Rome is burning, so let's jump right into it: Shadow of Rome tells the story of Agrippa, a disgraced figure who has to enter the coliseum, and Octavianus, Julius Caesar's nephew, who sneaks around Rome investigating troubles. Agrippa's adventure gets more of the game's attention, if only because Capcom has been so keen on making it such a bloody spectacle, that I don't think a frame of the action can be put into a TV commercial, and probably shouldn't be left out in a Gamestop playable kiosk.
Octavianus's comparatively quiet missions of sneaking around the political world of palaces and opulent architecture serves as an interesting foil to the decadence below and far away. Though, of course, the sneaking missions don't hold a candle to the amoral activities to be had within the coliseum. Bloodlust bubbles in the stomach. And then there's the itchy fingers. Who's being disemboweled without your consent and not at your hands while you're made to sneak around Rome and hide behind boxes? Down in Agrippa's world, the garishly bright colors of the combo names and announcements that flash across the screen and the beautiful confetti thrown in the air as paean to your supreme studliness serves as another foil to the uncompromisingly violent spectacle, like a chintzy holiday celebration of blood, guts, and exposed muscle.
Truth be told, neither the coliseum battle or the sneaking around modes are particularly memorable, though they're created and executed as well as they probably could've been considering their shallow subject matter, and together they're enough to cover each other's flaws: the sneaking portion is enough to mollify the inherent tedium of the beat-em-up section, of which Agrippa's game essentially is, though disguised in history and blood. And the Salvo system is simple and an addictive enough trick to propel the eager and lightning-fast pace of coliseum battles. During combat, you tap between the O button and the X button, and depending on what weapon you have and your distance and location relative to the target affects what kind of attack is executed. For example, a running unarmed attack might knock the armor off a suited guy, while a running unarmed attack against a guy without armor might knock his weapon out of his hand, or start a grappling match where you tap the X button as fast as you can and try to steal the weapon from him. Successful combos and gruesome blows and kills earn points, or Salvos, and some levels require that you meet a certain Salvo number to claim victory.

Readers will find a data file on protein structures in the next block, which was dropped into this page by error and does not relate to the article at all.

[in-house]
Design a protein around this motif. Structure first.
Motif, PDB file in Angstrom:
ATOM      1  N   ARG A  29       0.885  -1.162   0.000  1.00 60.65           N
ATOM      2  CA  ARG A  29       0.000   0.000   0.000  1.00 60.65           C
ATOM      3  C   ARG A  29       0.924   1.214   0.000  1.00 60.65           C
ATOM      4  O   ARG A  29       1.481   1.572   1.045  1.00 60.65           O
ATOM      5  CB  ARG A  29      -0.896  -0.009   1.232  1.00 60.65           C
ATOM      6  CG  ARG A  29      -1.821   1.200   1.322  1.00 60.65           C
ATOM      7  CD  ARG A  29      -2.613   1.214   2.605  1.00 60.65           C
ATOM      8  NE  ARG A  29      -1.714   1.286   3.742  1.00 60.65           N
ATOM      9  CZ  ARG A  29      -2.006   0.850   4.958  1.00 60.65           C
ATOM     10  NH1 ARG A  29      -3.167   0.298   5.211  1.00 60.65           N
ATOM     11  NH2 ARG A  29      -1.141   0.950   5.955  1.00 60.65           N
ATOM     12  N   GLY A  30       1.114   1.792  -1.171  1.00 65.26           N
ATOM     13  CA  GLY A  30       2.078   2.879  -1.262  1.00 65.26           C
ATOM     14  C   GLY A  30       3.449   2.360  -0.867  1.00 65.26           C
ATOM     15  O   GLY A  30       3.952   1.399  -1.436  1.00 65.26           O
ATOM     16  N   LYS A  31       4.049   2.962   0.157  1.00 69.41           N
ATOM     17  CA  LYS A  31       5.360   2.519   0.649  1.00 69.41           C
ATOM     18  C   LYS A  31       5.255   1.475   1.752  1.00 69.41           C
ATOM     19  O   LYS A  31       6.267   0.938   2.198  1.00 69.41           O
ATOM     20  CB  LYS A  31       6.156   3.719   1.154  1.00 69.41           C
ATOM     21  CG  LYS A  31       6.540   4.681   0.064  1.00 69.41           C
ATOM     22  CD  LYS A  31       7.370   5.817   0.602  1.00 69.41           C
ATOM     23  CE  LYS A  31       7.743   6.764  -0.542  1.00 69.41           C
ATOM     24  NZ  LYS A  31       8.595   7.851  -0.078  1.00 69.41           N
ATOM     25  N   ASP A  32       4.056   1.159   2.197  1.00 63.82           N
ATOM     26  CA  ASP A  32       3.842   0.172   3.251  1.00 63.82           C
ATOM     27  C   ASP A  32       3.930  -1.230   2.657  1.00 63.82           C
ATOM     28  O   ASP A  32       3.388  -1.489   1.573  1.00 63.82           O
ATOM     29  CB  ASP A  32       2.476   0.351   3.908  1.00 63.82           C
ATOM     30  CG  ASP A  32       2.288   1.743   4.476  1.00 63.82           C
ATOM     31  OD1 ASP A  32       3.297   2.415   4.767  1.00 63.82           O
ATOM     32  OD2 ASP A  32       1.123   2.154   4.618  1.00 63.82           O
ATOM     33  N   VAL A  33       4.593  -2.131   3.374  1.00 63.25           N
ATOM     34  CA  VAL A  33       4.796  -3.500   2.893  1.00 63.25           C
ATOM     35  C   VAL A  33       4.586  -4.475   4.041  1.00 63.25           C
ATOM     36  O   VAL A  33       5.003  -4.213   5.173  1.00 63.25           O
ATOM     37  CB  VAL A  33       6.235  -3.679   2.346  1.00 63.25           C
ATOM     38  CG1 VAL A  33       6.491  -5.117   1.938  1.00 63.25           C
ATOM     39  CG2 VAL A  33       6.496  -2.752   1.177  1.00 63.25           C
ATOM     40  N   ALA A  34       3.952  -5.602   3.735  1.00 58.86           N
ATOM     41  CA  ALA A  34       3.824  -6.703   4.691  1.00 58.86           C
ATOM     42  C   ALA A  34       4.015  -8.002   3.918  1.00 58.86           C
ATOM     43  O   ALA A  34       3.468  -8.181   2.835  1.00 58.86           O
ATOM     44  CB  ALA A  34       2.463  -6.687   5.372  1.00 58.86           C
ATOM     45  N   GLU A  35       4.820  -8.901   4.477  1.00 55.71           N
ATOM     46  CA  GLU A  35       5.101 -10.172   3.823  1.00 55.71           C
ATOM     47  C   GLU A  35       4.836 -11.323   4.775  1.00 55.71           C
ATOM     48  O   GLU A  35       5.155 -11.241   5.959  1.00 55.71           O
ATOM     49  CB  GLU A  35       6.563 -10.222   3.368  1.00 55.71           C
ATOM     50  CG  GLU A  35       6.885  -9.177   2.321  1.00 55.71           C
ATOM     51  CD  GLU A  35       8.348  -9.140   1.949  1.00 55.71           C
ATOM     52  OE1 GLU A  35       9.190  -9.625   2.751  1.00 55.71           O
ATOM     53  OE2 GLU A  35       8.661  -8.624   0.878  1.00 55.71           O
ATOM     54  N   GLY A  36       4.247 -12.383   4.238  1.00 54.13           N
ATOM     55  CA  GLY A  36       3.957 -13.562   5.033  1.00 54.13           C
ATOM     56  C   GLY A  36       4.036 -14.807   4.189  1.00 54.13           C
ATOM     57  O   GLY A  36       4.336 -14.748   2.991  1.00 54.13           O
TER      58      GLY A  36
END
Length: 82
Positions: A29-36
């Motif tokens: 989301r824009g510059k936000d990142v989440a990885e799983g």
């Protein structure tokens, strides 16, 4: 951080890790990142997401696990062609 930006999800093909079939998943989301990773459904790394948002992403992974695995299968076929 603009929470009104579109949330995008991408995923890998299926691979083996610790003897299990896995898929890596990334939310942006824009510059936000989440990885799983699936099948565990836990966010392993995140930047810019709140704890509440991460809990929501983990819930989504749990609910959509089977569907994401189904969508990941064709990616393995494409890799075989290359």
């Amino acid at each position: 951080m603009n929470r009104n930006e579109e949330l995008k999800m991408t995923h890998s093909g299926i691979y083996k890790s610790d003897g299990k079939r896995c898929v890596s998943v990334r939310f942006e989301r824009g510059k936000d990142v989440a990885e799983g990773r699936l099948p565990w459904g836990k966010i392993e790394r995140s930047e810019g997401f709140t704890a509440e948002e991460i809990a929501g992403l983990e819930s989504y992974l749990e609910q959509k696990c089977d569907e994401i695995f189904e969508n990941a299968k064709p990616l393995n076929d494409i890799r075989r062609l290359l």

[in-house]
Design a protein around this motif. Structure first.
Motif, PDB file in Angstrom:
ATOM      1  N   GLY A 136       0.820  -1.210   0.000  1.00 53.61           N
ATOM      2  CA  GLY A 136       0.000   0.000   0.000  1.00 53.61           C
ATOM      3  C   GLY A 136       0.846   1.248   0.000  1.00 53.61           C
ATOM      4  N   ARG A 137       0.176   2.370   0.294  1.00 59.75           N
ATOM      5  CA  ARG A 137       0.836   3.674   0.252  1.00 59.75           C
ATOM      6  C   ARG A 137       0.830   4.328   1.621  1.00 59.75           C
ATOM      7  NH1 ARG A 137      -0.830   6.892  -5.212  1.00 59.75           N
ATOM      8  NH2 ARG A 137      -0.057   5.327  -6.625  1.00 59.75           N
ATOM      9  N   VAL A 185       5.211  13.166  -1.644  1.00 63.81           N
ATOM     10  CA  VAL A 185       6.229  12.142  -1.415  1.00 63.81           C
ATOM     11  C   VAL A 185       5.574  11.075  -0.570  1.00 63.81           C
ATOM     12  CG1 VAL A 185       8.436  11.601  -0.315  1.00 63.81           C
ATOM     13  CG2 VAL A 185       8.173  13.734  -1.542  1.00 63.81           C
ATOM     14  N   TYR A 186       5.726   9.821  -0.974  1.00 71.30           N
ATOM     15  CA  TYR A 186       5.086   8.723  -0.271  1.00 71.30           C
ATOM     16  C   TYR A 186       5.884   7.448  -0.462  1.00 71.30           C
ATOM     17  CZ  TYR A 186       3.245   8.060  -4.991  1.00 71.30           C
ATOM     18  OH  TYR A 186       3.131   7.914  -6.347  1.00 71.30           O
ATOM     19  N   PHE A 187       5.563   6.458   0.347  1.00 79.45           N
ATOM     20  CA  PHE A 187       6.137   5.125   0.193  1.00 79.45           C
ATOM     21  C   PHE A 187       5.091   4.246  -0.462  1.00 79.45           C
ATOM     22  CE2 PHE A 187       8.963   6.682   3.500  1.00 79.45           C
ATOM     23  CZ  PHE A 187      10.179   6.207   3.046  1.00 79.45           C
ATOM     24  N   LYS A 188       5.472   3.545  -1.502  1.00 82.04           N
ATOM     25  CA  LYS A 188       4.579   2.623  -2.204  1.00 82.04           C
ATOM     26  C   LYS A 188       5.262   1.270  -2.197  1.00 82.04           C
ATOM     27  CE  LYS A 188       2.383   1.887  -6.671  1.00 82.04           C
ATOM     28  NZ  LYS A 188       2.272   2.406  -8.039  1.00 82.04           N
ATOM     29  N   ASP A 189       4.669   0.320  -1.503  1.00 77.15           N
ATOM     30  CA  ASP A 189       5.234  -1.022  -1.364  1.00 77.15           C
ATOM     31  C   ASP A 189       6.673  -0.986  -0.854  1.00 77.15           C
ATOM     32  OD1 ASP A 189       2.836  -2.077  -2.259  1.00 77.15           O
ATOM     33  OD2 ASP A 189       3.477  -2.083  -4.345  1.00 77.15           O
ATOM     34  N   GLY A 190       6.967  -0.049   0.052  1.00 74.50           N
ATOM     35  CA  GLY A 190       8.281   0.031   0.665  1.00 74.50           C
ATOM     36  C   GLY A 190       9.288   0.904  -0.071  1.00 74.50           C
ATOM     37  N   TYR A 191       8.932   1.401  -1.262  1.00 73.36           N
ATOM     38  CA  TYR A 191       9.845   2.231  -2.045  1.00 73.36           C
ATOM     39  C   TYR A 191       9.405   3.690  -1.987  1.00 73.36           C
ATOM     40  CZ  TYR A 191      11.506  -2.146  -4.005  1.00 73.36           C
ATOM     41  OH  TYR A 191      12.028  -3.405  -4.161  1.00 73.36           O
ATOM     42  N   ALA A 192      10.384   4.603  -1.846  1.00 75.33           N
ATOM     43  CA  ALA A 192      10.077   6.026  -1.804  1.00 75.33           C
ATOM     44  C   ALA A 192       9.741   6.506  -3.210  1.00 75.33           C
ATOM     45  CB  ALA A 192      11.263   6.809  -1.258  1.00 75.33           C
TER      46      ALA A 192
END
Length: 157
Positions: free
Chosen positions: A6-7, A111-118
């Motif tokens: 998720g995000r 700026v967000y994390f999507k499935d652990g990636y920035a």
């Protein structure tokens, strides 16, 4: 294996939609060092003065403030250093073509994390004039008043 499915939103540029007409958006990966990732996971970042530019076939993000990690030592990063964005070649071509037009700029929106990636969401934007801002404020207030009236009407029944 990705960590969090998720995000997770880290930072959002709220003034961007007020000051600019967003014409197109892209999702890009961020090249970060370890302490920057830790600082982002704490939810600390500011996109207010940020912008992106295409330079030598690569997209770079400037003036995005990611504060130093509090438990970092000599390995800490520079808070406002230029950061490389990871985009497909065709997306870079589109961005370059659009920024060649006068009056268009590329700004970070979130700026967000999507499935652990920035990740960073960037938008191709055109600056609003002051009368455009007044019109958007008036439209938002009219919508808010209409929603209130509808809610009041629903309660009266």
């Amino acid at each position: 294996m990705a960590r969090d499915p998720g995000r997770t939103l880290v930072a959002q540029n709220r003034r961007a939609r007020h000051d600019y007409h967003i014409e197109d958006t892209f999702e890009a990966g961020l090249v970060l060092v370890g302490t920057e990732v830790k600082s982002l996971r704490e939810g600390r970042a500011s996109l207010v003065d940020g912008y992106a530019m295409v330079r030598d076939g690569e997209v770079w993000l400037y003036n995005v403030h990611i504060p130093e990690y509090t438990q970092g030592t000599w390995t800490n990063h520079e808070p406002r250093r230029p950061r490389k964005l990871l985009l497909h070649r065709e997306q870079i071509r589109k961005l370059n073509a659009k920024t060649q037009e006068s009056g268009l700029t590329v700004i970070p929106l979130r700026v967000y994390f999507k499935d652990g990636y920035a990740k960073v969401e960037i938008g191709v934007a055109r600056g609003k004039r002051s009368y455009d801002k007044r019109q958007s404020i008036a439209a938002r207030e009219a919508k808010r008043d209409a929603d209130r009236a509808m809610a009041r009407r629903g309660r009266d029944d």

Attacks will also fill up a rainbow colored bar that acts as an audience approval gauge. Pressing O and X together at anytime will have your character appeal to the crowd and, assuming you're not a total shlub on the field, they'll throw a nice care package onto the ground. Usually it's something sharp to maim your opponents with, though occasionally it'll be some cheese or meat or a rose you can throw to blind opponents.
And that's where the player degenerates to the level of the morally bankrupt audience, and that's where the thirst for conquering flesh comes in and, for me, it's tremendously fueled by the fact that the preview disc has no save spots anywhere. I want to fight, I want to kill, God, I just want to live, because starting all the way back at the title screen really, really sucks. As the approval bar increases, that's when one really craves for audience approval because the more maxed out your approval bar is, the better the item the audience will throw at you. Of course, the bigger the weapon, the less strategy that's required to use them since all there is to do is to frantically tap the X button and weave the halberds and the giant swords back and forth like a garden hose. But when the floor becomes one chaotic bloody moving gauntlet, these mindless weapons the audience throws down are the only decent defenses and the only way to make it out with your appendages intact. In the coliseum, button mashing isn't a right, man, it's a damn privilege.